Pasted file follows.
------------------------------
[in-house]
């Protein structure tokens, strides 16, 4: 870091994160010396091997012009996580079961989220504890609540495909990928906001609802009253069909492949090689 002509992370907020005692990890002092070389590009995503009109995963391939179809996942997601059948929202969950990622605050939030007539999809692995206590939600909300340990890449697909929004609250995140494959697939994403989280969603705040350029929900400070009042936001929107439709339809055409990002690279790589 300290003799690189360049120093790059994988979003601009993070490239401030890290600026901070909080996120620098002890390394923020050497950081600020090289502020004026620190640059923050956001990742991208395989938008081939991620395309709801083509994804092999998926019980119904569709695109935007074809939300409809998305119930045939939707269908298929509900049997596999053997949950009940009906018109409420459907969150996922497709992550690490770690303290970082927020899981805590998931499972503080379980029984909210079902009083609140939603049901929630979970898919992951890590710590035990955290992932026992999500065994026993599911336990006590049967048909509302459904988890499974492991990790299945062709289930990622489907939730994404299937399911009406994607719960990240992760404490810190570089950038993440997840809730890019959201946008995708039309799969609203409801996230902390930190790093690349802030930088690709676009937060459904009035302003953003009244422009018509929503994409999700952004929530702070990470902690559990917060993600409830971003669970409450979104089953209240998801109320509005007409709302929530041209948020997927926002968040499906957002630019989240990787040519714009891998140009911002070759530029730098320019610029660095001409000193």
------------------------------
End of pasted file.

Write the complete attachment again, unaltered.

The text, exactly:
[in-house]
């Protein structure tokens, strides 16, 4: 870091994160010396091997012009996580079961989220504890609540495909990928906001609802009253069909492949090689 002509992370907020005692990890002092070389590009995503009109995963391939179809996942997601059948929202969950990622605050939030007539999809692995206590939600909300340990890449697909929004609250995140494959697939994403989280969603705040350029929900400070009042936001929107439709339809055409990002690279790589 300290003799690189360049120093790059994988979003601009993070490239401030890290600026901070909080996120620098002890390394923020050497950081600020090289502020004026620190640059923050956001990742991208395989938008081939991620395309709801083509994804092999998926019980119904569709695109935007074809939300409809998305119930045939939707269908298929509900049997596999053997949950009940009906018109409420459907969150996922497709992550690490770690303290970082927020899981805590998931499972503080379980029984909210079902009083609140939603049901929630979970898919992951890590710590035990955290992932026992999500065994026993599911336990006590049967048909509302459904988890499974492991990790299945062709289930990622489907939730994404299937399911009406994607719960990240992760404490810190570089950038993440997840809730890019959201946008995708039309799969609203409801996230902390930190790093690349802030930088690709676009937060459904009035302003953003009244422009018509929503994409999700952004929530702070990470902690559990917060993600409830971003669970409450979104089953209240998801109320509005007409709302929530041209948020997927926002968040499906957002630019989240990787040519714009891998140009911002070759530029730098320019610029660095001409000193």